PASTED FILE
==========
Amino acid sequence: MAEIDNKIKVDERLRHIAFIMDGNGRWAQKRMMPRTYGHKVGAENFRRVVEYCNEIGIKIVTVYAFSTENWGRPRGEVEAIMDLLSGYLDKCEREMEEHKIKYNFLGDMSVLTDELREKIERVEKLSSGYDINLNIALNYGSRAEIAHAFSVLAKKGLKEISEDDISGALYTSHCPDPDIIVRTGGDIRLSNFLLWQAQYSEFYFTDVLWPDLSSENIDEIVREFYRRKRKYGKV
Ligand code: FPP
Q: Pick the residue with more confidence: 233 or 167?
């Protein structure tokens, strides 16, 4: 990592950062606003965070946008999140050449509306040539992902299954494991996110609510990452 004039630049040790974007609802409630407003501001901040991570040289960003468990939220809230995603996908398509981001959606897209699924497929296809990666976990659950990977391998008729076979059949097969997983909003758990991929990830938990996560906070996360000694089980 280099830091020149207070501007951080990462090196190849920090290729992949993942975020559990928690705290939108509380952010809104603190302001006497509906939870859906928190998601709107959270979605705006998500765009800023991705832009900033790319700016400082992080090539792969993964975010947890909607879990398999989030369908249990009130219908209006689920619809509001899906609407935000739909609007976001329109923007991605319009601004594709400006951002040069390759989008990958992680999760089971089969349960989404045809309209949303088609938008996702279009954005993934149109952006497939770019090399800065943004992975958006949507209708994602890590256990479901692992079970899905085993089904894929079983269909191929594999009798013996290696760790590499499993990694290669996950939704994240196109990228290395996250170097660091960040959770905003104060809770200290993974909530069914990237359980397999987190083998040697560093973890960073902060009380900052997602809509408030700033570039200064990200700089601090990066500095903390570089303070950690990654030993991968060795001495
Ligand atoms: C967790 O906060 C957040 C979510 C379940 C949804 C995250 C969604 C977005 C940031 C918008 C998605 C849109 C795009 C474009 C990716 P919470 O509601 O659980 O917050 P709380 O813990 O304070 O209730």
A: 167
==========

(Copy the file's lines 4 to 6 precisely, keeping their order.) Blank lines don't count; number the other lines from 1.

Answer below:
């Protein structure tokens, strides 16, 4: 990592950062606003965070946008999140050449509306040539992902299954494991996110609510990452 004039630049040790974007609802409630407003501001901040991570040289960003468990939220809230995603996908398509981001959606897209699924497929296809990666976990659950990977391998008729076979059949097969997983909003758990991929990830938990996560906070996360000694089980 280099830091020149207070501007951080990462090196190849920090290729992949993942975020559990928690705290939108509380952010809104603190302001006497509906939870859906928190998601709107959270979605705006998500765009800023991705832009900033790319700016400082992080090539792969993964975010947890909607879990398999989030369908249990009130219908209006689920619809509001899906609407935000739909609007976001329109923007991605319009601004594709400006951002040069390759989008990958992680999760089971089969349960989404045809309209949303088609938008996702279009954005993934149109952006497939770019090399800065943004992975958006949507209708994602890590256990479901692992079970899905085993089904894929079983269909191929594999009798013996290696760790590499499993990694290669996950939704994240196109990228290395996250170097660091960040959770905003104060809770200290993974909530069914990237359980397999987190083998040697560093973890960073902060009380900052997602809509408030700033570039200064990200700089601090990066500095903390570089303070950690990654030993991968060795001495
Ligand atoms: C967790 O906060 C957040 C979510 C379940 C949804 C995250 C969604 C977005 C940031 C918008 C998605 C849109 C795009 C474009 C990716 P919470 O509601 O659980 O917050 P709380 O813990 O304070 O209730």
A: 167